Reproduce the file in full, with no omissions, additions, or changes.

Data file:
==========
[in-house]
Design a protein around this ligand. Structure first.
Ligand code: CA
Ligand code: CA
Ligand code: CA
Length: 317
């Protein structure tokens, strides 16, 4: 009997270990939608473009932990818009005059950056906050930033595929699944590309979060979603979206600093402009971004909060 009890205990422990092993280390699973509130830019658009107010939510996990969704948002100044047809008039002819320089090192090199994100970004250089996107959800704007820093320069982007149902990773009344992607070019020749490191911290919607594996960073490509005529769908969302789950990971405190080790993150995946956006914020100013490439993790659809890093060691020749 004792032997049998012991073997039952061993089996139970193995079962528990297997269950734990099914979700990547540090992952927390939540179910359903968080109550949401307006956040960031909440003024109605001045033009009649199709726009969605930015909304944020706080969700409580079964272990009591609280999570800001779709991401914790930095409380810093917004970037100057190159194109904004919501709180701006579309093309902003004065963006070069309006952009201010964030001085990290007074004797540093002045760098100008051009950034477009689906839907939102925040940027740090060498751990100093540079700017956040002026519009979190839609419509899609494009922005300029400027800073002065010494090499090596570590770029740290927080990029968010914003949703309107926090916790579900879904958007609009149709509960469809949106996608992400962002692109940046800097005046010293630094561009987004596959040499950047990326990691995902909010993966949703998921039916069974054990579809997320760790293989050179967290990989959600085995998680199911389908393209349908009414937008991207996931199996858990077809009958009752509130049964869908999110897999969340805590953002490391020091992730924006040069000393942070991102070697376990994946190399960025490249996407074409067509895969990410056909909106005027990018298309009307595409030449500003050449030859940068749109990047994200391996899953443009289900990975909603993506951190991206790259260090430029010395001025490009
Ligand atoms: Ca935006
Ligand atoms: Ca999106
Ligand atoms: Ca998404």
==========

[in-house]
Design a protein around this ligand. Structure first.
Ligand code: CA
Ligand code: CA
Ligand code: CA
Length: 317
């Protein structure tokens, strides 16, 4: 009997270990939608473009932990818009005059950056906050930033595929699944590309979060979603979206600093402009971004909060 009890205990422990092993280390699973509130830019658009107010939510996990969704948002100044047809008039002819320089090192090199994100970004250089996107959800704007820093320069982007149902990773009344992607070019020749490191911290919607594996960073490509005529769908969302789950990971405190080790993150995946956006914020100013490439993790659809890093060691020749 004792032997049998012991073997039952061993089996139970193995079962528990297997269950734990099914979700990547540090992952927390939540179910359903968080109550949401307006956040960031909440003024109605001045033009009649199709726009969605930015909304944020706080969700409580079964272990009591609280999570800001779709991401914790930095409380810093917004970037100057190159194109904004919501709180701006579309093309902003004065963006070069309006952009201010964030001085990290007074004797540093002045760098100008051009950034477009689906839907939102925040940027740090060498751990100093540079700017956040002026519009979190839609419509899609494009922005300029400027800073002065010494090499090596570590770029740290927080990029968010914003949703309107926090916790579900879904958007609009149709509960469809949106996608992400962002692109940046800097005046010293630094561009987004596959040499950047990326990691995902909010993966949703998921039916069974054990579809997320760790293989050179967290990989959600085995998680199911389908393209349908009414937008991207996931199996858990077809009958009752509130049964869908999110897999969340805590953002490391020091992730924006040069000393942070991102070697376990994946190399960025490249996407074409067509895969990410056909909106005027990018298309009307595409030449500003050449030859940068749109990047994200391996899953443009289900990975909603993506951190991206790259260090430029010395001025490009
Ligand atoms: Ca935006
Ligand atoms: Ca999106
Ligand atoms: Ca998404």